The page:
Some of Honda’s most loyal fans, the sports car enthusiasts, are grumbling. They kept generations of Civics, Integras and Accords because of the cars’ modest yet satisfying performance bona fides. The essence of the brand, they argue, has shifted from building exemplary everyday cars for serious drivers to mainstream for the sake of volume. Where were the sports cars that opened the eyes of a generation, like the NSX, S2000, and Integra Type-R? To where did the passion disappear?

Meet the S660, a roadster developed with the purpose of reminding Honda’s loyalists—past, present and future — that it’s a brand that still cares about having a good time.

First, the basics: The S660, so named for its 660cc engine and its link to Honda’s S-series of sport cars, is a Kei car. Based on a chassis that underpins boxy subcompacts, the 63hp S660 fits within the restrictive size guidelines that make Kei cars terrific city cars. Unlike most Kei cars, however, the S660 was intended to be a sports car first and foremost.

From a distance, the S660 looks the part of a kawaii, open-top runabout. Its styling recalls that of the ‘90s-era Honda Beat, flashing a wry smile that runs between its wheel arches. Subtle grilling behind in the metalwork behind the front seats offers a glimpse of the S660’s mid-mounted engine. The last time Honda built a compact car so cute, it was called Civic del Sol. Every aspect about its rounded-off edges and its wheels pushed to the four corners is simple.

You only really begin to notice the S660’s size upon stepping in to its bijou cabin, which errs on the sides of snug and intimate. The cabin layout is as simple as the S660’s interior design. Everything is in place. Strips arranged lengthwise along the dashboard offer an airy feel, although it’s just an illusion. (You’ll learn to get closer than usual to your passenger.) To experience real expanse, you can remove and stow the targa-style roof, and lower the panel between the front seats. The standard six-speed manual transmission is a design treat in its own right.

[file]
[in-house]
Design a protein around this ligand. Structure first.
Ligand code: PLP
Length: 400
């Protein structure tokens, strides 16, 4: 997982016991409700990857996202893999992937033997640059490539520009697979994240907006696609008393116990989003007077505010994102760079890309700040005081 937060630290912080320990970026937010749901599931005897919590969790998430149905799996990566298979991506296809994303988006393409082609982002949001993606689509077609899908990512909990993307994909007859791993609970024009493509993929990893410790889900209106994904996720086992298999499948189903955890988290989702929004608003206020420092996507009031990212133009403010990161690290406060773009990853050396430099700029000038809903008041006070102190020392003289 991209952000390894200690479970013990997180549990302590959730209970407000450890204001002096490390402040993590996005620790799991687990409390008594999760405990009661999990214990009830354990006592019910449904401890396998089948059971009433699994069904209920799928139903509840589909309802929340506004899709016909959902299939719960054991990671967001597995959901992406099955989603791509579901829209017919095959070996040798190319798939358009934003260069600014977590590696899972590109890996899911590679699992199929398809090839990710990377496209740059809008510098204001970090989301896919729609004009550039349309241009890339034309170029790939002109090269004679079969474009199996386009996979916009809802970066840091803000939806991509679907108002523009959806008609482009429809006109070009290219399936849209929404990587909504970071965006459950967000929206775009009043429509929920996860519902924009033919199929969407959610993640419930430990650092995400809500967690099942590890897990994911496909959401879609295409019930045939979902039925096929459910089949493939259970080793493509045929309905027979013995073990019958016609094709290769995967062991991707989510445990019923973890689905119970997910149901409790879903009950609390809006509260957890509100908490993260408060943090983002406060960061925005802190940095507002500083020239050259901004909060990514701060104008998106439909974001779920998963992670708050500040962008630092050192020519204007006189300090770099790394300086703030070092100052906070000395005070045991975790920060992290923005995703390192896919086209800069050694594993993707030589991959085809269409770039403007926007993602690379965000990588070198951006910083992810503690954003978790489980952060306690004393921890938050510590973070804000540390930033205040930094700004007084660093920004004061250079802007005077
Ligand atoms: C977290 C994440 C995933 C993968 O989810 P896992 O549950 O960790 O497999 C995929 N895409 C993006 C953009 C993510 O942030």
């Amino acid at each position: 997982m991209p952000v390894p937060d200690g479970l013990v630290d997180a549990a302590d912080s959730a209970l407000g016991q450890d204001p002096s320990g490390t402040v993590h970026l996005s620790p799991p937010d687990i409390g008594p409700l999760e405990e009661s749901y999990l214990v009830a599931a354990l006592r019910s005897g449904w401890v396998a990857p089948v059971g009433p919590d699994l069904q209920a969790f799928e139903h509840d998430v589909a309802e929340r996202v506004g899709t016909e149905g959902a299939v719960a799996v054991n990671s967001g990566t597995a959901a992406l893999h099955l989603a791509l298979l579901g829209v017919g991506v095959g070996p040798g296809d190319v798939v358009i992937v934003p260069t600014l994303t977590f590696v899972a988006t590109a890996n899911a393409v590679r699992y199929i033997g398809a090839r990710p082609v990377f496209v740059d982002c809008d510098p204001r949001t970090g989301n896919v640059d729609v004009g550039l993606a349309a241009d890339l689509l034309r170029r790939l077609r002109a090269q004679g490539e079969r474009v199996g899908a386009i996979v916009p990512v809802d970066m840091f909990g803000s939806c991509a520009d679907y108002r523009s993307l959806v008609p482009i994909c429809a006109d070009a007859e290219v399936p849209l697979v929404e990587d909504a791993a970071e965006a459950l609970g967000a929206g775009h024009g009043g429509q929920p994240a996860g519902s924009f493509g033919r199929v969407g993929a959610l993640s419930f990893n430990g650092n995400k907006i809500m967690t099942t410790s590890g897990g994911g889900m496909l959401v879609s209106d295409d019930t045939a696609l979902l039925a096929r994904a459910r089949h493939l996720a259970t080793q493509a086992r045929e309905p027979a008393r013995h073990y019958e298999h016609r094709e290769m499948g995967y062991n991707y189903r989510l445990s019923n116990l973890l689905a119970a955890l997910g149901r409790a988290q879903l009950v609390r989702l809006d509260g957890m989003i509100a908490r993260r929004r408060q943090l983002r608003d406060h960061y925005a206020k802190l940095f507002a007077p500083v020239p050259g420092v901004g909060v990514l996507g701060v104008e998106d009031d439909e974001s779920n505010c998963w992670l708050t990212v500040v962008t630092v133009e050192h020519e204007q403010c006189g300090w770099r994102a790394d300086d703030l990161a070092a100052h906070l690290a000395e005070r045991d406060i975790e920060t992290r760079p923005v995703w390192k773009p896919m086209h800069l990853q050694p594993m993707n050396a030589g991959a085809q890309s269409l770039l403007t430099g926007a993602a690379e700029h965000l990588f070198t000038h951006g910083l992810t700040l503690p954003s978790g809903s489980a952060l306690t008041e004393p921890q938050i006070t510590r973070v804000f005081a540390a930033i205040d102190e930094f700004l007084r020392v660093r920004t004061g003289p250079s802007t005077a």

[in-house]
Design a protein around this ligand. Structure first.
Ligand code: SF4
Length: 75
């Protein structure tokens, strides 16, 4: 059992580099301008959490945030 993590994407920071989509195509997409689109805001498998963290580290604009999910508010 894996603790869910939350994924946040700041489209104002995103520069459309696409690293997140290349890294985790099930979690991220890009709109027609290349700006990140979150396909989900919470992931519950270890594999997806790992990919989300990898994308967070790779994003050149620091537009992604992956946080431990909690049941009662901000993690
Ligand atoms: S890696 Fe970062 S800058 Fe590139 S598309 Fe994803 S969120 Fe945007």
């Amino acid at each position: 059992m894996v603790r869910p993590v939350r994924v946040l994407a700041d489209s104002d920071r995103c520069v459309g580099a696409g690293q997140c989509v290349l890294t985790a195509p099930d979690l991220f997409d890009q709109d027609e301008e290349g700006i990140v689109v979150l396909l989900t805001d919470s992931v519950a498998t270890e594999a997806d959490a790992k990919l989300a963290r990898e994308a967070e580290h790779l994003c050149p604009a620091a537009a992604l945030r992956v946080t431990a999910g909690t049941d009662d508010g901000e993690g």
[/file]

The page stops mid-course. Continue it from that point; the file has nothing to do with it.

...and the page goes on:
We were among the first few North Americans to drive the S660, at Honda’s Tochigi proving grounds outside Tokyo. First, the manual version. The first couple of hundred feet were indicative of everything we needed to know. Clutch feel and shifter action are spot on, feeling light and easy to discern from first to second gear. Steering is reminiscent of a ‘90s Civic, with just enough weight for a roadster so petite. Pulling on to the oval test track, the S660 felt like it would rev forever (it did not) and speed built up at a pace that belied its engine’s total output.

 

Out on the track, the S660’s steering remained tight and maneuverable, as we quickly ran it through the gears and up to its top speed of around 85 mph. At that speed, it remained surprisingly calm.

Honda has built a roadster that can muster the wherewithal to run flat out all the time. The S660, Honda fans, is the beginning of the product revival you’ve been expecting. A Mazda MX-5 Miata this is not, but it’s close. Welcome back to the performance crowd, Honda.

Although the short time on the banked track offered little room to explore the S660’s handling limits, we have no reason to doubt that it can dart through traffic as easily as it can tear up an autocross.

All of this goodness comes with a catch, however: You’ll probably never get to drive the S660, as it’s a product of the Japan domestic market only. Blame it on the power and size restrictions inherent to Kei cars, as well as the crash standards to which they are held—but don’t completely lose hope. The automakers has heard its evangelists’ cries, and rumors abound that Honda is considering a version for export markets that would utilize a larger, 1.0-liter three-cylinder engine.

You don’t have to be a Honda #fanboi to experience the baked-in greatness of the S660. You just need to have a Japanese delivery address.

Vitals
Honda S660
Price: $N/A
Powertrain: Rear-wheel drive; mid-mounted, turbocharged inline three-cylinder engine; 63hp, 77lb-ft. of torque; 6-speed manual or continuously variable automatic transmission

Published on Nov 09, 2015